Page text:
"...awareness always precedes change."
So encourages author Sarah MacLaughlin in the introduction to her book, What Not to Say: Tools for Talking with Young Children. "Rather than dwelling on occasional poor form," she continues, "focus on your intention to improve."
For parents and caregivers looking to improve their communication with children, this book provides both the awareness and the practical guidance to do so. Focusing on 1- to 6-year-olds, this short and to-the-point guidebook covers 66 common phrases that are counter-productive to raising emotionally healthy children.
Each chapter is hung on an effective framework of topic discussion, "what not to say" phrases, and more beneficial phrases that can be used instead. Children's book recommendations related to the chapter topics are also included in each section, furthering the parent's ability to discuss the topic with the child through an effective and age-appropriate means.
Following the introduction, the first chapter discusses common reasons that adults use ineffective or inconsiderate phrases when speaking to children, including fear, fatigue, and the expressions we heard as children. I found this to be a useful opening, as knowing why we do things is often the biggest hurdle to overcome in moving on to better paths.
The rest of the book was a refreshing and succinct reminder of, well, what not to say. "What on earth are you doing?" "Be nice." "There's nothing to be afraid of." "Good job!" While some of the phrases were completely out-of-bounds for me, others reminded me of my own struggles with carelessly tossing out a threat or speaking disrespectfully out of frustration. A few were phrases I'd never even considered as being inappropriate or ineffective; I always love finishing a book and feeling like I've learned something new.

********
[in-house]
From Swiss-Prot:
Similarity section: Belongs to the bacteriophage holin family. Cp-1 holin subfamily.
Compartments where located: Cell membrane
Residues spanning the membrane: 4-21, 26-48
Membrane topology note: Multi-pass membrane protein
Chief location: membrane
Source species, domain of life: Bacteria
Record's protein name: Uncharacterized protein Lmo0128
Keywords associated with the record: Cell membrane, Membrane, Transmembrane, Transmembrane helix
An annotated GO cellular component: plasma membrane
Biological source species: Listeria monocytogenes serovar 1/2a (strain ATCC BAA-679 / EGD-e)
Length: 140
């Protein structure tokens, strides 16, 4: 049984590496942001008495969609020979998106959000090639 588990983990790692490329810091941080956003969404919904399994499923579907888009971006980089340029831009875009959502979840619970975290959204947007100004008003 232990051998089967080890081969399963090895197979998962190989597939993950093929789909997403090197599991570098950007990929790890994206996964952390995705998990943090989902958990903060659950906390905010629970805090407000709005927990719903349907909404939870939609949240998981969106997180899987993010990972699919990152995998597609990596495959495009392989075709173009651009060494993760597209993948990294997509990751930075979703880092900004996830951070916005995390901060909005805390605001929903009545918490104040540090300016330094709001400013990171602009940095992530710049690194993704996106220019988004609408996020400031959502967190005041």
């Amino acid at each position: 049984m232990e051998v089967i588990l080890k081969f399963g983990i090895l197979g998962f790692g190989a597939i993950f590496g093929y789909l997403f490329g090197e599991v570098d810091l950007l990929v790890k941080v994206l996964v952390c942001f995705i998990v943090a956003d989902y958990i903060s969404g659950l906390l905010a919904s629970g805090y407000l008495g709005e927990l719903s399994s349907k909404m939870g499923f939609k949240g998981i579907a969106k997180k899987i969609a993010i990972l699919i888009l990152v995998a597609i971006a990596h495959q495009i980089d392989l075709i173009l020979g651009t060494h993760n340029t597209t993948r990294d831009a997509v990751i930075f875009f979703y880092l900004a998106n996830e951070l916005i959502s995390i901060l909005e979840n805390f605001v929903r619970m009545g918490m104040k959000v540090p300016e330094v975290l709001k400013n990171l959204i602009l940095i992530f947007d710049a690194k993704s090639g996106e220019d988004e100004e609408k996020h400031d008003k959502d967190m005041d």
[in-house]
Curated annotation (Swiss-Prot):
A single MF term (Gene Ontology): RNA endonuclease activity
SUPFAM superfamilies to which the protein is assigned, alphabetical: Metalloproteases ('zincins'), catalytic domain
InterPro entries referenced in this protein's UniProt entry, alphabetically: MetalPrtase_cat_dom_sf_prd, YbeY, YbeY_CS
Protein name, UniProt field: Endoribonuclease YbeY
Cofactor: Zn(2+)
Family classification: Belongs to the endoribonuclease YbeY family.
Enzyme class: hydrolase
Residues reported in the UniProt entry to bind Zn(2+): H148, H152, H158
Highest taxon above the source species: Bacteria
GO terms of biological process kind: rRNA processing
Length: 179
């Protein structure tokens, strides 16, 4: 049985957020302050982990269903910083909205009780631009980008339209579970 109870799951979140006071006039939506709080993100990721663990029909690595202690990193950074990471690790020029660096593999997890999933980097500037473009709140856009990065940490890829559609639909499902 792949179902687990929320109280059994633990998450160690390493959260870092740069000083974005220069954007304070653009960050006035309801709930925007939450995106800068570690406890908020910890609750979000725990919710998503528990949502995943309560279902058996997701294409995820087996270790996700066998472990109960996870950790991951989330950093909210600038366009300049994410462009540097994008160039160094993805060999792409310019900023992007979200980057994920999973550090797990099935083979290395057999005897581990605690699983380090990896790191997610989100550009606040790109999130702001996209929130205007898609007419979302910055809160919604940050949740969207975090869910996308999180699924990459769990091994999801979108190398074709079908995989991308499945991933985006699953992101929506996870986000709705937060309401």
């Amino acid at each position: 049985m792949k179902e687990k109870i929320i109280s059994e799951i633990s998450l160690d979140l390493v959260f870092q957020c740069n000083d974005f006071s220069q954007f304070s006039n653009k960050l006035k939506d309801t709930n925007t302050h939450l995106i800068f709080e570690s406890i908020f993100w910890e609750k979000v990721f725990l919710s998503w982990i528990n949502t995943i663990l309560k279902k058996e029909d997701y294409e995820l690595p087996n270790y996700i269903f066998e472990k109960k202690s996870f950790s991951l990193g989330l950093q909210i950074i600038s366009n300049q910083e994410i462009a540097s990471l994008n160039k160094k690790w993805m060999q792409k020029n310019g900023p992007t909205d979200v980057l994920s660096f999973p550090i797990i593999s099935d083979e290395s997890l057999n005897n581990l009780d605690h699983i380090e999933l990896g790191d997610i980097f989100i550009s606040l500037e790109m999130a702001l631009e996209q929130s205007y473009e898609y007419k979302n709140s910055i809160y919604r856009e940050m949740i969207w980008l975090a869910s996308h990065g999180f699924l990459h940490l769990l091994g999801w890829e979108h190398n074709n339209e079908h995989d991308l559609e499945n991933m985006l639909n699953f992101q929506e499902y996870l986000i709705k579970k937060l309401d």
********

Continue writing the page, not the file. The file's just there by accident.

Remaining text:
What Not to Say covers a range of communication-related topics, including clarity of speech, tone, narration, respectful language, labels, bribes, emotional intelligence, control, and consistency. Above all, I appreciated the focus on seeking solutions rather than scolding, shaming, lecturing, spanking, or entering into power struggles.
This is definitely a book I would recommend to parents or caregivers of young children. It was short enough to be easy to get through, with just enough theory to make it convincing while still being heavy on the practical application. A perfect balance all around!
Sarah is generously giving away an eBook copy of "What Not to Say: Tools for Talking with Young Children" (PDF, epub, or Kindle format) at each blog stop. To enter, leave a comment on this post sharing a phrase you have eliminated or are currently trying to eliminate from your communication with your child. Sarah will announce the winner in the comments of this post tomorrow. Be sure to leave your email so we can contact you if you win!
Other stops and opportunities to win during this Blog Tour are listed on Sarah's Blog Tour page.
Also, you can enter at Sarah's site for the Grand Prize Giveaway: a Kindle Touch! The winner will be announced at the end of the tour after July 15th.
About The Author
Sarah MacLaughlin has worked with children and families for over twenty years. With a background in early childhood education, she has previously been both a preschool teacher and a nanny. Sarah is currently a licensed social worker at The Opportunity Alliance in South Portland, Maine, where she works as the resource coordinator in therapeutic foster care. She serves on the board of Birth Roots and writes the "Parenting Toolbox" column for a local parenting newspaper, Parent & Family. Sarah teaches classes and workshops locally and consults with families everywhere. She considers it her life's work to to promote happy, well-adjusted people in the future by increasing awareness of how children are spoken to today. She is mom to a young son who gives her plenty of opportunities to take her own advice about What Not to Say.
More information about Sarah and her work can be found at her website and her blog.